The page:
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Queensland’s Industrial Manslaughter Legislation; Work Health and Safety Act

Friday, August 31, 2018

On July 1st this year, the offence of industrial manslaughter was implemented in Queensland under the Work Health and Safety Act 2011. The new provisions make it an offence for a person conducting a business, or a senior officer, to negligently cause the death of a worker.



The legislation is designed to rectify the difficulty faced by prosecutors in establishing corporate criminal responsibility under the Queensland Criminal Code, and comes as a response to recent fatal workplace accidents at theme parks and racecourses.



The offence carries with it a maximum penalty of 20 years’ imprisonment or a $10million penalty for a company.



Industrial manslaughter occurs where the following three elements can be proven:


  1. Death (or injury later causing death) occurring in the act of working, which includes during a worker’s break;
  2. A person’s conduct caused the death;
  3. That person was criminally negligent.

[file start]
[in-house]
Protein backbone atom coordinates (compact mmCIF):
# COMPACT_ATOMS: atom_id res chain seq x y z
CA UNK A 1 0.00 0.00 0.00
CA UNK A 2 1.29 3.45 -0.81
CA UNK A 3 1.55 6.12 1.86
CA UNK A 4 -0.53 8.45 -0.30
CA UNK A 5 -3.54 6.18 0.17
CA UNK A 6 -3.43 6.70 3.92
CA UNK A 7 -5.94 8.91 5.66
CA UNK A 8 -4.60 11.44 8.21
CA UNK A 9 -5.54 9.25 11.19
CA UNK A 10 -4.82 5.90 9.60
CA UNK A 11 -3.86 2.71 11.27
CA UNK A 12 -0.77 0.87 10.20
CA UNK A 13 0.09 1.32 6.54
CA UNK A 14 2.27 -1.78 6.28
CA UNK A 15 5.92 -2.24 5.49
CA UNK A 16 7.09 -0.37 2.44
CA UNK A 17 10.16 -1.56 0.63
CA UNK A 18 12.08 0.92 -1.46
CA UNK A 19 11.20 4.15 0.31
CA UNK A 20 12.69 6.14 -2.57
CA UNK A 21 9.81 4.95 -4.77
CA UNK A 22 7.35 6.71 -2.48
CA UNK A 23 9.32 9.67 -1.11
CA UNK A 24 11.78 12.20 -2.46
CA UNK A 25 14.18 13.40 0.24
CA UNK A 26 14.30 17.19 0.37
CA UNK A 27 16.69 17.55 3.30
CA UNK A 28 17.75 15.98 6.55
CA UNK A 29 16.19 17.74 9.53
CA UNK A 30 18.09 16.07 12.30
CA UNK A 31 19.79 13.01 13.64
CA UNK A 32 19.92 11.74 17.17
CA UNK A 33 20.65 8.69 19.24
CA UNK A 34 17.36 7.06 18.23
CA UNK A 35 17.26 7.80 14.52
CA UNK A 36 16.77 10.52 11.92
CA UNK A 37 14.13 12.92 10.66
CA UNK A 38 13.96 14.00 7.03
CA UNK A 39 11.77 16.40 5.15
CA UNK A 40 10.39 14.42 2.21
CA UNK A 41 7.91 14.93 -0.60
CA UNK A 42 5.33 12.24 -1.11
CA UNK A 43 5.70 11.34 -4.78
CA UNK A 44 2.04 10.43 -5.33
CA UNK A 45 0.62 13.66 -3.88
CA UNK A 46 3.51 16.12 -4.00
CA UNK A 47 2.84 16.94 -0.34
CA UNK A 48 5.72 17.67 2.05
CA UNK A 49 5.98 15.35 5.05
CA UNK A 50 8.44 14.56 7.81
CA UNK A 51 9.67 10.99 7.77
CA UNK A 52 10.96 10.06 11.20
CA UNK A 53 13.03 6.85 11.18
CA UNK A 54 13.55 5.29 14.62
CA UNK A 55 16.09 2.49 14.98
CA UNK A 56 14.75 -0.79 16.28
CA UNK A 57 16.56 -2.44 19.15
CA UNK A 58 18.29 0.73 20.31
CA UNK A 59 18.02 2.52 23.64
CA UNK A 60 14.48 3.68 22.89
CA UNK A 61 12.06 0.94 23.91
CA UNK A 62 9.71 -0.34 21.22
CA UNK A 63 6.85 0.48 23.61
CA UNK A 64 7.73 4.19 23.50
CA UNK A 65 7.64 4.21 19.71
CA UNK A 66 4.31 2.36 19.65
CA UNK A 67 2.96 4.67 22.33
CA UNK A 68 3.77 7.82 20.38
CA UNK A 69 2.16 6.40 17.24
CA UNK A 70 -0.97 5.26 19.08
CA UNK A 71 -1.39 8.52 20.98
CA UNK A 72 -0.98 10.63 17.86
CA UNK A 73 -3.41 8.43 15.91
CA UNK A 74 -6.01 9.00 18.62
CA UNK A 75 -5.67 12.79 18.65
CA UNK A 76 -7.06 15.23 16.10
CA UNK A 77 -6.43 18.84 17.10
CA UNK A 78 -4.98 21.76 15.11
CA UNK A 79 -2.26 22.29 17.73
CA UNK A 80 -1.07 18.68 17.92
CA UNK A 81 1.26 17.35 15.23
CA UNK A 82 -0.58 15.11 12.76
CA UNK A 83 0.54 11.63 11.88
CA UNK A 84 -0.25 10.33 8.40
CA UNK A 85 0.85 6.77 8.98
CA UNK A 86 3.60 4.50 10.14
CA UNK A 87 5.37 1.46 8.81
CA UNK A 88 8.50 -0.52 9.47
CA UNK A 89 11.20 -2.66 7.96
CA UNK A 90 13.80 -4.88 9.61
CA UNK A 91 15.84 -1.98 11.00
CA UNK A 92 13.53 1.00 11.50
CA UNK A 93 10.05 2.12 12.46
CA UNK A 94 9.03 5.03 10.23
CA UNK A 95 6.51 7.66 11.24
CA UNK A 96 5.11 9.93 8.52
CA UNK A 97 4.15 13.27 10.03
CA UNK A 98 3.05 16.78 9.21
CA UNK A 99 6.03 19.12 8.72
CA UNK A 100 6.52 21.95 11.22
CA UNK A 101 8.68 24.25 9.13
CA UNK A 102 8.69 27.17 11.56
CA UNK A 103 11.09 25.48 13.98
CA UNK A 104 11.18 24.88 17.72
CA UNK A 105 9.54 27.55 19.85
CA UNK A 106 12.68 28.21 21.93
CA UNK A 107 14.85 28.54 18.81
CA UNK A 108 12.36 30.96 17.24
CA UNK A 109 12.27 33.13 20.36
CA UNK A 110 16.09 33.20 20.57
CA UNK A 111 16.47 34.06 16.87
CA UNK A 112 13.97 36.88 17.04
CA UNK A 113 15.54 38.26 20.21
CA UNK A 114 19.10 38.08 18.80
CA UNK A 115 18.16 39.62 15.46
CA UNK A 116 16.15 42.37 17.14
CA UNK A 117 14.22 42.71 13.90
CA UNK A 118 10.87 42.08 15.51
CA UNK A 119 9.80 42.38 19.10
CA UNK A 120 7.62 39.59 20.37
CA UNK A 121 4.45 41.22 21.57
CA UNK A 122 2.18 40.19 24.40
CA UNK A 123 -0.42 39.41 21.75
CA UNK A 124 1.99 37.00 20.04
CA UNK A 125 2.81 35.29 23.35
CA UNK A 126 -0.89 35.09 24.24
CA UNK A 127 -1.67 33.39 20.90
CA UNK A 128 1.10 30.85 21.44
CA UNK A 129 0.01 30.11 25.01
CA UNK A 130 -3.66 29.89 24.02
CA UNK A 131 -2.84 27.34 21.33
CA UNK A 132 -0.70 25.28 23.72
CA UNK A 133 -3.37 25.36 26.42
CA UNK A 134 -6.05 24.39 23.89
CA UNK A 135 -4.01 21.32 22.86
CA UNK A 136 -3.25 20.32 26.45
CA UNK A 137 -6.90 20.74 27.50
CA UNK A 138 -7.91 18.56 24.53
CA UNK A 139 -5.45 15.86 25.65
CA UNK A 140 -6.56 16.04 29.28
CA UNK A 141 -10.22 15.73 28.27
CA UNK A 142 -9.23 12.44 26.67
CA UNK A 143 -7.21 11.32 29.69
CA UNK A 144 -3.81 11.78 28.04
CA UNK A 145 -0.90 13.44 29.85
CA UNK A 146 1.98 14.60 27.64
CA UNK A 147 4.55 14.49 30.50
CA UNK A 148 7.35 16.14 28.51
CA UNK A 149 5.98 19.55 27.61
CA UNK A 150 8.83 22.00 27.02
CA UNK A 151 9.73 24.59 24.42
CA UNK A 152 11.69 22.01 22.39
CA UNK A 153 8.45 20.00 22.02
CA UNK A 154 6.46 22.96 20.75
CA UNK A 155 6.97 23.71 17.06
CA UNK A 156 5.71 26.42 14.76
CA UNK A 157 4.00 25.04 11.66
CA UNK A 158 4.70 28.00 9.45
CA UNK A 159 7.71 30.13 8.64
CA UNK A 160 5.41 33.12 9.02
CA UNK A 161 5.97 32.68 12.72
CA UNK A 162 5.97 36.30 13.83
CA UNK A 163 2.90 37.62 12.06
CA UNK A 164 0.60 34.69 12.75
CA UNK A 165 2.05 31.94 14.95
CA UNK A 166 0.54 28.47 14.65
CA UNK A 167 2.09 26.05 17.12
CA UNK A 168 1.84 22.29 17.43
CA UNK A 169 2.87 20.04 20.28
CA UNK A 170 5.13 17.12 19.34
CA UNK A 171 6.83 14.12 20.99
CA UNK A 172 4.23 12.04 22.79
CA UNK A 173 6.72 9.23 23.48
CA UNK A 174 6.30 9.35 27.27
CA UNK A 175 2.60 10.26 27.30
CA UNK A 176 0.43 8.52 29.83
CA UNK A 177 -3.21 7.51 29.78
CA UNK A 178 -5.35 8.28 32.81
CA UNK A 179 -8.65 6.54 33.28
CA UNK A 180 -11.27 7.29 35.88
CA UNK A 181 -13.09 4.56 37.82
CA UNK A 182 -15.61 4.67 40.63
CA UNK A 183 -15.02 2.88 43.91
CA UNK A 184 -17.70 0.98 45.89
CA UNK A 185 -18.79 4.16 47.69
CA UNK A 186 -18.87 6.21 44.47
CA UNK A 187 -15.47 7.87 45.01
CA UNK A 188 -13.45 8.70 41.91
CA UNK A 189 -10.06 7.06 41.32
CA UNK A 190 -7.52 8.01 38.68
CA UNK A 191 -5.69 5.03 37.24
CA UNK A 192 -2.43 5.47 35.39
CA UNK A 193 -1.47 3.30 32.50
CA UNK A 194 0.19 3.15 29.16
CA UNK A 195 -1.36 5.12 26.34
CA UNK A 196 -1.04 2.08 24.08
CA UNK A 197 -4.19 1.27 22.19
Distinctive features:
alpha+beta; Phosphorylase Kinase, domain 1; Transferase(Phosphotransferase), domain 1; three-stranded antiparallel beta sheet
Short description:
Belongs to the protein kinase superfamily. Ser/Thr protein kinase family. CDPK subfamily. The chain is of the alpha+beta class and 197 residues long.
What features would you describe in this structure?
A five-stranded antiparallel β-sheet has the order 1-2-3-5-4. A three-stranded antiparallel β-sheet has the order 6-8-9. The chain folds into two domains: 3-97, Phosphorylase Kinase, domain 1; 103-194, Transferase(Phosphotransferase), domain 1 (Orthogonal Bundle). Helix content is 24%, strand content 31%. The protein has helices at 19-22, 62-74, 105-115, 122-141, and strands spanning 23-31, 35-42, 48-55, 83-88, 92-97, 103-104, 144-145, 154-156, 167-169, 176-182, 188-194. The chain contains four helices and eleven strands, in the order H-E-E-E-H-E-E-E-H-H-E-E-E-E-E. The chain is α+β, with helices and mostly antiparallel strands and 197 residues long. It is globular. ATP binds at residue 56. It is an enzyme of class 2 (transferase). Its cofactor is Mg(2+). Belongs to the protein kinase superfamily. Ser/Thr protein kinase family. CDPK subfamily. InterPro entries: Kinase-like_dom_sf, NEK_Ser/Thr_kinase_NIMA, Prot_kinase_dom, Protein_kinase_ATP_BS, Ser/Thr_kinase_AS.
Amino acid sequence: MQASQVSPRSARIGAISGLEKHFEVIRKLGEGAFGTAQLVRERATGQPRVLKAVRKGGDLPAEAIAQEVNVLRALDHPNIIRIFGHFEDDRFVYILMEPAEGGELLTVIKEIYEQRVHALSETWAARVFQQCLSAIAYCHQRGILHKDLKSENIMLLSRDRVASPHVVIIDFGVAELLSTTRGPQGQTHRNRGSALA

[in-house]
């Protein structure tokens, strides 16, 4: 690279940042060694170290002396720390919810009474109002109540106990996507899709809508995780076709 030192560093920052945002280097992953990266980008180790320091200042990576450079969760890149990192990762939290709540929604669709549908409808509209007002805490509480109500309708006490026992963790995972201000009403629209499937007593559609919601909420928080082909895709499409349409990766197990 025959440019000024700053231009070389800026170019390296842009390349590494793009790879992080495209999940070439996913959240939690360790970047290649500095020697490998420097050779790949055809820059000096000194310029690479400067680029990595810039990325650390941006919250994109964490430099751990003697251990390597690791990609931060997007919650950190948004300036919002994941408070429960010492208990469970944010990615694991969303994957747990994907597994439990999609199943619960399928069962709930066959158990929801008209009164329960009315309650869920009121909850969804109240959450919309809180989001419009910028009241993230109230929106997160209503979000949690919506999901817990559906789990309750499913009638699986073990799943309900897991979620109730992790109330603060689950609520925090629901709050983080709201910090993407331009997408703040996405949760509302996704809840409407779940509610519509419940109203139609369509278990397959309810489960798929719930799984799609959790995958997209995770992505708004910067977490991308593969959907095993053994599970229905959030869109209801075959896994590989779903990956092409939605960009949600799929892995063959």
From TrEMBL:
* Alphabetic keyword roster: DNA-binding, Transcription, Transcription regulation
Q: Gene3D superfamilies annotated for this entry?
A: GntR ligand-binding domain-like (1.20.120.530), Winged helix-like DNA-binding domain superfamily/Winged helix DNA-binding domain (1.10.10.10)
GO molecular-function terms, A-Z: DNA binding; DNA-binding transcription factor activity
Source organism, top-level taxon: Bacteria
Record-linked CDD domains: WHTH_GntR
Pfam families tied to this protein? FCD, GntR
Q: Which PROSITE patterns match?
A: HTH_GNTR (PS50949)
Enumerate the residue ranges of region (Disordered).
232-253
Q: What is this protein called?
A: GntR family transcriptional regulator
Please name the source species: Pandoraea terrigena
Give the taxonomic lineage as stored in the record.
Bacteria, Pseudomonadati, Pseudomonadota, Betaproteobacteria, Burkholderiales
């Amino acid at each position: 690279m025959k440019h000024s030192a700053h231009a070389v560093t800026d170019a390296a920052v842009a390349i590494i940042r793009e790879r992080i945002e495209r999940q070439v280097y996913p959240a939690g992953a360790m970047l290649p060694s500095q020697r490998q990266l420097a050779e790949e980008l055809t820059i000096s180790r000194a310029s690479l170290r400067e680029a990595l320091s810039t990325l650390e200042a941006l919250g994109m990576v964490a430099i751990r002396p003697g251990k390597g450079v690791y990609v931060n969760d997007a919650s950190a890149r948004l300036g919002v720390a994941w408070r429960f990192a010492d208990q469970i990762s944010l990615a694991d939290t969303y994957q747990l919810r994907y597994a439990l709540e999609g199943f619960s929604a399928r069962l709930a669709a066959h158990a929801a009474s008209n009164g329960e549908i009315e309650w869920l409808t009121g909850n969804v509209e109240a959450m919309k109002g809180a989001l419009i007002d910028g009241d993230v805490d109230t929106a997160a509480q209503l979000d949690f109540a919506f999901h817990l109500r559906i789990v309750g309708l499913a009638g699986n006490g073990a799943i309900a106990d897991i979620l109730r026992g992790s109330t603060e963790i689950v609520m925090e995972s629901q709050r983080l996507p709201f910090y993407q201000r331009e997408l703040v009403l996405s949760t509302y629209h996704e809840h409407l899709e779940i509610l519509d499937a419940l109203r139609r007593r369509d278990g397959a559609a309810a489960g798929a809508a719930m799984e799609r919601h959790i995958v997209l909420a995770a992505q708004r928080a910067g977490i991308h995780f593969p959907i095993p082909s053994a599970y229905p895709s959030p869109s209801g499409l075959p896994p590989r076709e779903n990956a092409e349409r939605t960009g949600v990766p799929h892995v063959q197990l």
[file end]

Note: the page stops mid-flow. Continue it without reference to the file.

A PCBU (‘person conducting a business or undertaking’)  is defined within the legislation and includes sole traders, partnerships, companies, unincorporated associations and government departments.



The new offence will not apply to the mining industry and does not apply to volunteer senior officers and unincorporated associations.



It remains to be seen if the new offence will assist prosecutors in establishing corporate criminal liability or if successful prosecutions will lead to jail sentences or merely pecuniary punishments.



For businesses, it is important to identify who your senior officers are and, more importantly, to assess your safety regulations and procedures to avoid placing employees in a potentially fatal position.